Japan, ASEAN to meet as China's air defense zone issue looms

Leaders of Japan and the Association of Southeast Asian Nations will gather for a summit in Tokyo from Friday, with Japan hoping to rally ASEAN support to rein in China's growing assertiveness over airspace.

Japanese diplomats have been negotiating with their ASEAN counterparts to hammer out a joint statement including a reference to ensuring freedom of flight in international airspace, in response to Beijing's Nov. 23 declaration of a controversial air defense identification zone over the East China Sea, where Japan and China are at odds over a group of uninhabited islands.

The weekend summit comes at a crucial time when attention is focused on how Japan and ASEAN will handle the ADIZ issue, not only for Japan's security interest but to counter Beijing's intention to establish an ADIZ in the South China Sea where China and some ASEAN member states are mired in overlapping territorial claims.

Japanese officials said that with China "flooding" ASEAN nations with economic aid, Japan is keen to use the Tokyo summit commemorating 40 years of friendly and cooperative Japan-ASEAN ties as an opportunity to play catch-up to China.

Japan plans to pledge 300 billion yen in official development assistance to the 10-member ASEAN for disaster prevention, among other forms of assistance, a Japanese government source said.

The summit is characterized as a "wrap-up" of Japan's ASEAN diplomacy, with Prime Minister Shinzo Abe having visited all 10 ASEAN nations -- Brunei, Cambodia, Indonesia, Laos, Malaysia, Myanmar, the Philippines, Singapore, Thailand and Vietnam -- just 11 months into office.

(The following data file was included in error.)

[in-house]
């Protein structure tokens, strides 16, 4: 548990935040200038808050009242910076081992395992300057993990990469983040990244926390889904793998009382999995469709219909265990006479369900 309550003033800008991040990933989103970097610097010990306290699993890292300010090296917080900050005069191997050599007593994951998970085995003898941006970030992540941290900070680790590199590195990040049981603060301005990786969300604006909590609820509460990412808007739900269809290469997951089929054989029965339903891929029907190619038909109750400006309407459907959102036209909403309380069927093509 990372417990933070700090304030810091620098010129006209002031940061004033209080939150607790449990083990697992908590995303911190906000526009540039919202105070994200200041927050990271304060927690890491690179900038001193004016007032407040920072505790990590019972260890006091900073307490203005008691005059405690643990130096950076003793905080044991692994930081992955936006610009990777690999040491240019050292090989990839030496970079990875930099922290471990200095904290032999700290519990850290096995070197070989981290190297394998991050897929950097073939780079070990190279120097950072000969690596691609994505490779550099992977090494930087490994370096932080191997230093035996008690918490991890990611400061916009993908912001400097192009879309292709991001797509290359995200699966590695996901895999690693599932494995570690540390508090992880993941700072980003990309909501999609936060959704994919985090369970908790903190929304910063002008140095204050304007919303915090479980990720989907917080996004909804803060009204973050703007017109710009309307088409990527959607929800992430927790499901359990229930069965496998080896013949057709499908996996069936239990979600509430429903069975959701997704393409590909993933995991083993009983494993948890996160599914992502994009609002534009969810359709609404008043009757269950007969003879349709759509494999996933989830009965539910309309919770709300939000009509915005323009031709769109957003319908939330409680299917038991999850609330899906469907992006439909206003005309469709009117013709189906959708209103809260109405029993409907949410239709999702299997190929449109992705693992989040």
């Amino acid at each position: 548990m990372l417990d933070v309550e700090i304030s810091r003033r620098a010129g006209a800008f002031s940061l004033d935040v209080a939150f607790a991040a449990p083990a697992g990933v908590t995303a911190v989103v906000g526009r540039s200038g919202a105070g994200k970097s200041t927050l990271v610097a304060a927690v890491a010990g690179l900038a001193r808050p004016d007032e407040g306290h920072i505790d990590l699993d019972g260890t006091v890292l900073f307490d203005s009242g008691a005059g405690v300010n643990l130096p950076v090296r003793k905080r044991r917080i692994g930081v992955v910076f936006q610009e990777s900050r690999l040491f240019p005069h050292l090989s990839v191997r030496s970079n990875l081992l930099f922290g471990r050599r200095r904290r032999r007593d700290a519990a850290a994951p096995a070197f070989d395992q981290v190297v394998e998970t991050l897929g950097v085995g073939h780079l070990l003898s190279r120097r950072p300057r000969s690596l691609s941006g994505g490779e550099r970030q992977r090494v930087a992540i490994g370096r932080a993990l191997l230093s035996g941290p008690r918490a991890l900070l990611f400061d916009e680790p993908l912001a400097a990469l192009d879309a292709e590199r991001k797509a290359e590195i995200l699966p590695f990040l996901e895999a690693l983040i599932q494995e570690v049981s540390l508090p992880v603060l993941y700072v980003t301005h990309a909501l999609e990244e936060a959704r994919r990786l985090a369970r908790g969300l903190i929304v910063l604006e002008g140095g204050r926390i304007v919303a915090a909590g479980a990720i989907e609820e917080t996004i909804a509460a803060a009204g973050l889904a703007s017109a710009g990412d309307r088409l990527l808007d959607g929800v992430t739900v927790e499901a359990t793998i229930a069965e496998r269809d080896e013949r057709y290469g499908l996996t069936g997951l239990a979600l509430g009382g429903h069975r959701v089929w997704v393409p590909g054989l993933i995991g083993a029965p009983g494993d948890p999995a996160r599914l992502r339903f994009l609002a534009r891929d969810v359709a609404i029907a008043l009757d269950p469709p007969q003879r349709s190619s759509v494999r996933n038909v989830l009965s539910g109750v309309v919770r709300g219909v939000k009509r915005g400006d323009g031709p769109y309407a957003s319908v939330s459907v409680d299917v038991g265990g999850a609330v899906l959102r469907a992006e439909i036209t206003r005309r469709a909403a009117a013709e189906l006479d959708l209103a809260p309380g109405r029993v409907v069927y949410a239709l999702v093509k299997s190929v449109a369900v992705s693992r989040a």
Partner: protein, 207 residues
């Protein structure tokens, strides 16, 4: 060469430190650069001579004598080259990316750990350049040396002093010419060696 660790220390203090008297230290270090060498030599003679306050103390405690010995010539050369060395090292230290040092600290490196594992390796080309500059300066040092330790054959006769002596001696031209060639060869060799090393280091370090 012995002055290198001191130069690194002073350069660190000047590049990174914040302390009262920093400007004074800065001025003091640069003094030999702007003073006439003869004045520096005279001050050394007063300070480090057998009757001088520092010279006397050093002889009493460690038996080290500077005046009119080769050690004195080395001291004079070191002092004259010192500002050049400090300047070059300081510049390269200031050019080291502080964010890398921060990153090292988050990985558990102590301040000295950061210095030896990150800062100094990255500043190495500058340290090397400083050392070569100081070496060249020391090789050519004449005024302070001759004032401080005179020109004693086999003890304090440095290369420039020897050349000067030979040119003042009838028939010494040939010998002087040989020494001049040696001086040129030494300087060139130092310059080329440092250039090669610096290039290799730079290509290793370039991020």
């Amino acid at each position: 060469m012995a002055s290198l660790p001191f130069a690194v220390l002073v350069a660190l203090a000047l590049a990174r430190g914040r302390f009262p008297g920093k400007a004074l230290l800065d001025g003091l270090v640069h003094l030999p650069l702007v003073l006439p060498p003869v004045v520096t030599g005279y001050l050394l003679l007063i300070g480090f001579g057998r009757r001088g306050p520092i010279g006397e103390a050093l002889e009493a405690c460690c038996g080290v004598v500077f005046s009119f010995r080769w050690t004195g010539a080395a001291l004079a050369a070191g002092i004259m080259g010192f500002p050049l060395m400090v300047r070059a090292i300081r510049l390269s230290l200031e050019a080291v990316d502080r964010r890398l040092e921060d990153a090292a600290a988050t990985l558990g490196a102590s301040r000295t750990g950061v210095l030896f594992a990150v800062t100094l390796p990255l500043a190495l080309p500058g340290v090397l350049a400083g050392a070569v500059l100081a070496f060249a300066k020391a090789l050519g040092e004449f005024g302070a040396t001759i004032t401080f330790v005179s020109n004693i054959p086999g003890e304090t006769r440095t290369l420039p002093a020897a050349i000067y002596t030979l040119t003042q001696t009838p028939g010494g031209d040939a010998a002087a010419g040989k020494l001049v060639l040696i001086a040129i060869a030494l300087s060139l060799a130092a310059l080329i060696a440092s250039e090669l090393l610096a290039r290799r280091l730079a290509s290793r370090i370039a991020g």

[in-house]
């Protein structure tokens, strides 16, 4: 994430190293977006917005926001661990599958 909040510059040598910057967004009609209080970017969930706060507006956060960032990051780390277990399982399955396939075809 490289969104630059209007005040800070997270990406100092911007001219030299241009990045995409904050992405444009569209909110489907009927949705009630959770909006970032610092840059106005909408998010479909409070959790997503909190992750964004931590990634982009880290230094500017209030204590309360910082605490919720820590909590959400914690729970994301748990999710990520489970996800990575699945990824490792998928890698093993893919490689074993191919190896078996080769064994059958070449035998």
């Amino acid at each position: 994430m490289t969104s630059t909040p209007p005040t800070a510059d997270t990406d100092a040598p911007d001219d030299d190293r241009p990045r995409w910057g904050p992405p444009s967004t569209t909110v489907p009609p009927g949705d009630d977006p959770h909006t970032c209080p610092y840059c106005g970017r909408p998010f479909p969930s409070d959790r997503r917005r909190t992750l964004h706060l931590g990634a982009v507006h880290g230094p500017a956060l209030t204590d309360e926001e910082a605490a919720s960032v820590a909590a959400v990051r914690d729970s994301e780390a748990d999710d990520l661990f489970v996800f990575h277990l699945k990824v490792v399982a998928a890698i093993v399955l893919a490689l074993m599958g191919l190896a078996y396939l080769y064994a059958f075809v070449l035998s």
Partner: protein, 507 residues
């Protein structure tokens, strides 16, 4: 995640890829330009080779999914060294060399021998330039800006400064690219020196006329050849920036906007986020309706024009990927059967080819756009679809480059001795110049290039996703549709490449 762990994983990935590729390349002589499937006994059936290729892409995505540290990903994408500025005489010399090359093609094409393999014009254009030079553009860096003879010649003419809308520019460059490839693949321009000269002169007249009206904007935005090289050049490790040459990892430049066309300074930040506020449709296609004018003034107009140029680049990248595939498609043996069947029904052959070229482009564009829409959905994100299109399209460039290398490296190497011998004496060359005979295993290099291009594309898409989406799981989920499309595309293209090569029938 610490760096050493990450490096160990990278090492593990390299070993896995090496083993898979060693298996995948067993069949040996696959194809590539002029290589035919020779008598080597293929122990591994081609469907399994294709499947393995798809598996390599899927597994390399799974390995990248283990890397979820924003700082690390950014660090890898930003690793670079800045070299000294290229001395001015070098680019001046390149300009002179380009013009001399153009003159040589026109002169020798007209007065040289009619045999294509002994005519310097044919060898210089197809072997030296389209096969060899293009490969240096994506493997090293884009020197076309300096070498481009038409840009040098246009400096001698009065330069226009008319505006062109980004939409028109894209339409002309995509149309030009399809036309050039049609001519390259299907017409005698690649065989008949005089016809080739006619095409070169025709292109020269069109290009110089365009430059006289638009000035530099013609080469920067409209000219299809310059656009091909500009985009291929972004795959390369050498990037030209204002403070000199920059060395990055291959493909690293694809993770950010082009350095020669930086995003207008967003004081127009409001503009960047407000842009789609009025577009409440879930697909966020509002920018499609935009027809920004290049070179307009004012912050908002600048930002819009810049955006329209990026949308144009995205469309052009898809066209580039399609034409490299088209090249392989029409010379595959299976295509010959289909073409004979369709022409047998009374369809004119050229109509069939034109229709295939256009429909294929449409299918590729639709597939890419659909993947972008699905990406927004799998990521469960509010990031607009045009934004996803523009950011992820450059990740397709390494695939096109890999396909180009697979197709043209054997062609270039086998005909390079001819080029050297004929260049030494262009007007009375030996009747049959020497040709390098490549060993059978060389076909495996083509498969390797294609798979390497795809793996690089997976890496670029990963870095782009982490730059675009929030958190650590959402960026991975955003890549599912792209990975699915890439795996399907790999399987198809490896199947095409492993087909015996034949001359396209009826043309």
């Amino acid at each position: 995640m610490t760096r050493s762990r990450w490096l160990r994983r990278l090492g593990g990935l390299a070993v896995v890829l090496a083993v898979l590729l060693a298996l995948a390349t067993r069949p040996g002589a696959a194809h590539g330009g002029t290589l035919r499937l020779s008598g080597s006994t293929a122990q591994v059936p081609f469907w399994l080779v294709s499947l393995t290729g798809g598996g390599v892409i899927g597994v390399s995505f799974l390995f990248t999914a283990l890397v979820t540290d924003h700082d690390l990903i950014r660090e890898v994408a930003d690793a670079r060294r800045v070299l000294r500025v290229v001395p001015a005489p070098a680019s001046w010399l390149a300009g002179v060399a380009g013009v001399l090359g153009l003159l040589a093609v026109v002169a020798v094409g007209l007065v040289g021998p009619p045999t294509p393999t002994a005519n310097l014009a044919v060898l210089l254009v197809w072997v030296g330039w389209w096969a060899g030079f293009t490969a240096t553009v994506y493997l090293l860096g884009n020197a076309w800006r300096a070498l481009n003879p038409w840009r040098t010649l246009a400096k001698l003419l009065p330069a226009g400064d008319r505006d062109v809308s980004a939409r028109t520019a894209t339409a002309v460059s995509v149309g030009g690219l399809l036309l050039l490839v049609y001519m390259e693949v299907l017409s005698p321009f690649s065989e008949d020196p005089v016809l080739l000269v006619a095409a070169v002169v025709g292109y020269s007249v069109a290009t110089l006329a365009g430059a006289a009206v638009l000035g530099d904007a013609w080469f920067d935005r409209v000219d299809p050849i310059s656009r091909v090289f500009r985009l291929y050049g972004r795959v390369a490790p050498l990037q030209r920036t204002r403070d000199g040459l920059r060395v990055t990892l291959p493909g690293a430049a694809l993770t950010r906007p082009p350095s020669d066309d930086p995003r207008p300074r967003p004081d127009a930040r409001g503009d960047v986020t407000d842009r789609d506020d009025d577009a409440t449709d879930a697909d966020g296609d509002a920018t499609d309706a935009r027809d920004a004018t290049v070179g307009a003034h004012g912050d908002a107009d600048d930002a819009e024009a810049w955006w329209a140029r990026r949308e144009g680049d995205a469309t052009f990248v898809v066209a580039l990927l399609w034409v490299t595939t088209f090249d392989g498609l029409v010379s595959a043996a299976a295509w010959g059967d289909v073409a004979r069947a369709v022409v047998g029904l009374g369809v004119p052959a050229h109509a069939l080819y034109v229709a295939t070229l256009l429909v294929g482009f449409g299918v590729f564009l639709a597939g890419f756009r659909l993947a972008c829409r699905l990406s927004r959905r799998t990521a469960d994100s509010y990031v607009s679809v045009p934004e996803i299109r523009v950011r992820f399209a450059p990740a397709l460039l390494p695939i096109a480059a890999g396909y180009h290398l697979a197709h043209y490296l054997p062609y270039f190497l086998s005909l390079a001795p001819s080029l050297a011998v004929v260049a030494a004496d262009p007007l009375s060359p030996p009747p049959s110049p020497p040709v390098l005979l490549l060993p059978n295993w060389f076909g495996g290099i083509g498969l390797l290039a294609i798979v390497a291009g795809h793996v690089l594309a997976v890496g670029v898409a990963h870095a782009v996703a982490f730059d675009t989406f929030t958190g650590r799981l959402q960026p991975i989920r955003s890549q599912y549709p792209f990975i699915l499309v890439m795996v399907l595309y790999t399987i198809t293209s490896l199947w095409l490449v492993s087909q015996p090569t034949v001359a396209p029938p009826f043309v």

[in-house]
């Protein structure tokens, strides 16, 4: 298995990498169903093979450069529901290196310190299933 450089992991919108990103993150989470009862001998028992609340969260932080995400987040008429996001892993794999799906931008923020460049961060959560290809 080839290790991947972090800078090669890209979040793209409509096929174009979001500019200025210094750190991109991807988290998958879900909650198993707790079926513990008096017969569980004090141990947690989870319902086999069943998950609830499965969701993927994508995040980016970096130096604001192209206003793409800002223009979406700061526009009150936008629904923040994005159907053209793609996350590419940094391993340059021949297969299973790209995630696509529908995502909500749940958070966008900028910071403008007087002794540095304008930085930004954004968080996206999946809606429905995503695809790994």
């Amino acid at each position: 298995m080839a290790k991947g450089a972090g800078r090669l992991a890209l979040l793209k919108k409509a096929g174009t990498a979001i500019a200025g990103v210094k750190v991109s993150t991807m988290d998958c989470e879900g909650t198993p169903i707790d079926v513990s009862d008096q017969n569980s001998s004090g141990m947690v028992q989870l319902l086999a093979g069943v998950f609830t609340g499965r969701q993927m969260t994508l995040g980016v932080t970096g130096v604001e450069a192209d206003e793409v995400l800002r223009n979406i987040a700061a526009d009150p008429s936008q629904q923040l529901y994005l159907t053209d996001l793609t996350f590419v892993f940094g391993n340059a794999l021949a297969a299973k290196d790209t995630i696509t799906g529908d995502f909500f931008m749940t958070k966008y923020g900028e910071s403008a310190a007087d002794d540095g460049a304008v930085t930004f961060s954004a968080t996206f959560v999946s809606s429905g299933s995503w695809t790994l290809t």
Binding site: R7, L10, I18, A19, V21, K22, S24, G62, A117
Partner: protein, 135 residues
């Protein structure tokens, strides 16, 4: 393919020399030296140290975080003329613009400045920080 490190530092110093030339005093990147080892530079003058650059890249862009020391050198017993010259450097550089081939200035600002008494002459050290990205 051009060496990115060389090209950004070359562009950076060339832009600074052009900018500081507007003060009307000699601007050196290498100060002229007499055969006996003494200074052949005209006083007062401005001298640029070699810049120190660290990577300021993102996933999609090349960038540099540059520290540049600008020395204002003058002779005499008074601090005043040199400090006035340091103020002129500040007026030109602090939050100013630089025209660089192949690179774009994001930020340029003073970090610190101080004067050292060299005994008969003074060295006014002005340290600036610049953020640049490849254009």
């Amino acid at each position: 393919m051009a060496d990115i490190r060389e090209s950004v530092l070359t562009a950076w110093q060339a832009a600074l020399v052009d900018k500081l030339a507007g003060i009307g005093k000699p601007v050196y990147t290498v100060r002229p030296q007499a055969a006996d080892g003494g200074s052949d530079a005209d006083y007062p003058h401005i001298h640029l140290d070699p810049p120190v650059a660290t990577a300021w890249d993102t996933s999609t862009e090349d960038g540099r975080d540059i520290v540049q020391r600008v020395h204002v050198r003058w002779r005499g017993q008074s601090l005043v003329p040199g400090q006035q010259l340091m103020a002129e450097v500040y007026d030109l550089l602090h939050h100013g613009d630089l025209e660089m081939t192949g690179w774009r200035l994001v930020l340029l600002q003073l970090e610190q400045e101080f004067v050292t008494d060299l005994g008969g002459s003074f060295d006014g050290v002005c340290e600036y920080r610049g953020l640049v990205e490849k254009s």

The summit, the first of its kind to be held in Tokyo since 2003, will kick off with a dinner Abe and his wife Akie will host.

On the fringes of the summit, Abe will meet on Friday with the leaders of the Philippines, Brunei, Indonesia and Singapore, partly to discuss the ADIZ and cooperation in disaster management, as part of his "marathon" bilateral talks with ASEAN nations, the officials said.

Following the main summit talks on Saturday, Japan and ASEAN will issue a joint statement and a document that will map out the "vision" of future Japan-ASEAN ties.

But whether the joint statement will reflect Japan's desired reference to China's ADIZ is uncertain as there are differences within ASEAN members in their approach to China.

Some countries considered "pro-China," such as Cambodia and Laos, may be reluctant to provoke the second-largest economy, while the Philippines and Vietnam, which are locked in territorial disputes of their own with China in the South China Sea, want to be tough on China and are likely to align with Japan.

Analysts view Beijing's attempt to "unilaterally change the status quo" by coercive measures as a way to bolster its claims over the Japanese-administered Senkaku Islands in the East China Sea, the source of a bitter feud between Japan and China. Beijing claims the islands and calls them Diaoyu.